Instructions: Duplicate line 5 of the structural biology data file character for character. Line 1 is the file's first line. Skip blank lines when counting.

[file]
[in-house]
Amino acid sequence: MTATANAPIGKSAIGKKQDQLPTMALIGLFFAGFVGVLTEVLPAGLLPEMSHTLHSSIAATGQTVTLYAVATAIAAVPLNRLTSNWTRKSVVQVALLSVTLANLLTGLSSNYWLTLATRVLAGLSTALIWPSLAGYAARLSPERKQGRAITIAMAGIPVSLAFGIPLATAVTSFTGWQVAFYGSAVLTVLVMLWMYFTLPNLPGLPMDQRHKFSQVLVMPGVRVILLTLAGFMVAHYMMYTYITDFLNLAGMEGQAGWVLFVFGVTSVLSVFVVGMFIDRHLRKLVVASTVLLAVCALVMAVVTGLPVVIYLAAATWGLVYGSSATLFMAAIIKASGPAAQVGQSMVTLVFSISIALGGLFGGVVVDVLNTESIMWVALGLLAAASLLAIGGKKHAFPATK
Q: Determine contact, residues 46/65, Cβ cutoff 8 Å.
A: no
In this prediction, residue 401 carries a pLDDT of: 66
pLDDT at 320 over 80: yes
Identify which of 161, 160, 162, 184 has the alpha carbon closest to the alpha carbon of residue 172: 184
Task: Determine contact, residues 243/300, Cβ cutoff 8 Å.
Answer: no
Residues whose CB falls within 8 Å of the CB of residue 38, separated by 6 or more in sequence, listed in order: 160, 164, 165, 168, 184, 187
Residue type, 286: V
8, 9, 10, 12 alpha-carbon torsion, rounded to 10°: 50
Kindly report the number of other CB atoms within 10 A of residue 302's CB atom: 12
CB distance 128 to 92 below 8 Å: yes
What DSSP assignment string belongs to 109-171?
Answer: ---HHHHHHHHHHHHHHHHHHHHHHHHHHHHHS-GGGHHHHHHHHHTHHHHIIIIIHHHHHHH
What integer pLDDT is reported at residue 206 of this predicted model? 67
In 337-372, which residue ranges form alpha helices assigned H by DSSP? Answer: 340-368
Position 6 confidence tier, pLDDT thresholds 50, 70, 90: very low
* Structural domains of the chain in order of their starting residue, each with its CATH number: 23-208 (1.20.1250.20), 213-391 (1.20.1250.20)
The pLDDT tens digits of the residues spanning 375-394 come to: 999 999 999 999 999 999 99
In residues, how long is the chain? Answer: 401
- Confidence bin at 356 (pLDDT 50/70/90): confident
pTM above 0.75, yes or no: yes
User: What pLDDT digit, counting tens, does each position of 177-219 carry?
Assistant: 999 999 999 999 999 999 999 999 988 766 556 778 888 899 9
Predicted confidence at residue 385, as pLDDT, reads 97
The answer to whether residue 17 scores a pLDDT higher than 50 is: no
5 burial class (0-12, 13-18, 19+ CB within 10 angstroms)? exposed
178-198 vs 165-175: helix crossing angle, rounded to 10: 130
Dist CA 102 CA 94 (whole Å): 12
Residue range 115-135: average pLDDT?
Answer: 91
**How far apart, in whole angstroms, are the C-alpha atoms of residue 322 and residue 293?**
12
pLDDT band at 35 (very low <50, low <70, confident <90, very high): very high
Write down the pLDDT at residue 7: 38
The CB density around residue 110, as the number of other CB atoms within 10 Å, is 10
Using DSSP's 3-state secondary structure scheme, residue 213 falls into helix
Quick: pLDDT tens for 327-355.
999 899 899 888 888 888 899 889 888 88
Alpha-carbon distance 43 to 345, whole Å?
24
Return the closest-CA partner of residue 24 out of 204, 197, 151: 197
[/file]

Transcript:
In this prediction, residue 401 carries a pLDDT of: 66